“We think the way in which Australia has done this is a little bit slippery, and it doesn’t actually reflect exactly how the law and policies actually are, or doesn’t reflect a genuine commitment to necessarily consider them further.”
One example is the issue of deaths in custody. In its response, Australia claims it has endorsed a National Indigenous Law and Justice Framework in order to tackle Indigenous justice issues, but does not outline the results of this framework, or any further action to curb the problem.
“The international community regarded the disadvantage and marginalisation faced by Aboriginal and Torres Strait Islanders as one of the most important issues in Australia, yet the way Australia has responded to a lot of those recommendations has been essentially to brush them aside and dismiss them on the basis they are included as part of domestic law and practice,” Mr Schokman said.
“I think that’s particularly concerning, especially given the evidence that makes it abundantly clear that Aboriginal and Torres Strait Islander people are among the most disadvantaged people in Australia.”
Recommendations from around the world
Continue to implement its efforts to attain the constitutional recognition of Indigenous peoples.
Ensure effective implementation of the Declaration on the Rights of Indigenous People, including in the Northern Territory,and provide adequate support to the National Congress of Australia’s First Peoples to enable it to address the needs of Indigenous people.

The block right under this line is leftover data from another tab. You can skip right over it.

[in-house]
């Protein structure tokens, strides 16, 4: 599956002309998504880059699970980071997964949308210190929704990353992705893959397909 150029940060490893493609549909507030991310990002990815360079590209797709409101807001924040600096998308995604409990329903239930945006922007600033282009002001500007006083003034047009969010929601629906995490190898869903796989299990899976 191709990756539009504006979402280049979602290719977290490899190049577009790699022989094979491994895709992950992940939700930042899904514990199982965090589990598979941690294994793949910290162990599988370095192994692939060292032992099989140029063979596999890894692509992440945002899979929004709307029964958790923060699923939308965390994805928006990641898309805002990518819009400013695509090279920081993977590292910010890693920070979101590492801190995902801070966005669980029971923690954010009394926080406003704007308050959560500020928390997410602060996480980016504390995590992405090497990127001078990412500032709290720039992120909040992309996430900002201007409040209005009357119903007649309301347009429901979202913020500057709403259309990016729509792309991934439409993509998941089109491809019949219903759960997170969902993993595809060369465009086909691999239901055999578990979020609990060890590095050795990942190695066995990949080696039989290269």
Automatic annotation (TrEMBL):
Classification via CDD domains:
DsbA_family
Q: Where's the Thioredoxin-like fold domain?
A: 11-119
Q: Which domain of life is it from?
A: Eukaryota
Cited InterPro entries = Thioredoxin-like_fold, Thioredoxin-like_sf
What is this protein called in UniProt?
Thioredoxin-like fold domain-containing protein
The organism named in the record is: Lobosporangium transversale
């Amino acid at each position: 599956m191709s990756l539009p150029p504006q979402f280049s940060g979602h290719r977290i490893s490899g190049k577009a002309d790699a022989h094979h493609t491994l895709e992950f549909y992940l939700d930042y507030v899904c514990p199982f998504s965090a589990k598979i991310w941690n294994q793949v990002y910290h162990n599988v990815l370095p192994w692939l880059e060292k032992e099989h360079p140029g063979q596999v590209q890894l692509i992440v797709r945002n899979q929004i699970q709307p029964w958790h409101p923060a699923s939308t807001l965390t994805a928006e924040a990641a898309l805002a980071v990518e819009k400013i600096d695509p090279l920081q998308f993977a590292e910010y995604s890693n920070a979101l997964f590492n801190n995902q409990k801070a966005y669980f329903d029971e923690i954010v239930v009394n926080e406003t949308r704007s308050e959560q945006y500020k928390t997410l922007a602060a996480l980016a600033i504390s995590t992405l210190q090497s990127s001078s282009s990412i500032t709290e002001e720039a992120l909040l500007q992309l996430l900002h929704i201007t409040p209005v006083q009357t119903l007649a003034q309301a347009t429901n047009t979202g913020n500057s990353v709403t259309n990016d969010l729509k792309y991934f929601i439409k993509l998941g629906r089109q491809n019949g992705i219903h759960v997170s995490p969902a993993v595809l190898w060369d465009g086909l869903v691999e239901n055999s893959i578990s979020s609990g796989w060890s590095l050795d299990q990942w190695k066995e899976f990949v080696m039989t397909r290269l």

Continue to engage with the Aboriginal population and Torres Strait Islanders and ensure the equal protection of their fundamental rights.
Intensify ongoing efforts to close the gap in opportunities and life outcomes between Indigenous and non-Indigenous peoples, especially in the areas of housing, land title, health care, education and employment.
Incorporate international obligations under human rights instruments into domestic law.
Carry out, in consultation with the communities concerned, a comprehensive assessment of the effectiveness of actions and strategies aimed at improving socio-economic conditions of Indigenous peoples and if necessary correct these actions.
Continue efforts to increase the representation of Indigenous women in decision-making posts.
Launch a constitutional reform process to better recognize and protect the rights of Indigenous people, taking into account the UN DRIP.
Take the necessary measures to fully incorporate into Australian legislation its international obligations in the field of human rights.
• Continue in particular the process of constitutional reform in order to better recognize the rights of Indigenous peoples.
• Continue the implementation of policies aimed at improving the living standards of Indigenous peoples and take all the necessary measures to eradicate discrimination against them.
Fully implement the Racial Discrimination Act and the revision of federal laws to be compatible with the UN Declaration on the Rights of Indigenous Peoples.
• Implement the recommendations made by the United Nations Special Rapporteur on the rights of Indigenous peoples after his visit in 2009.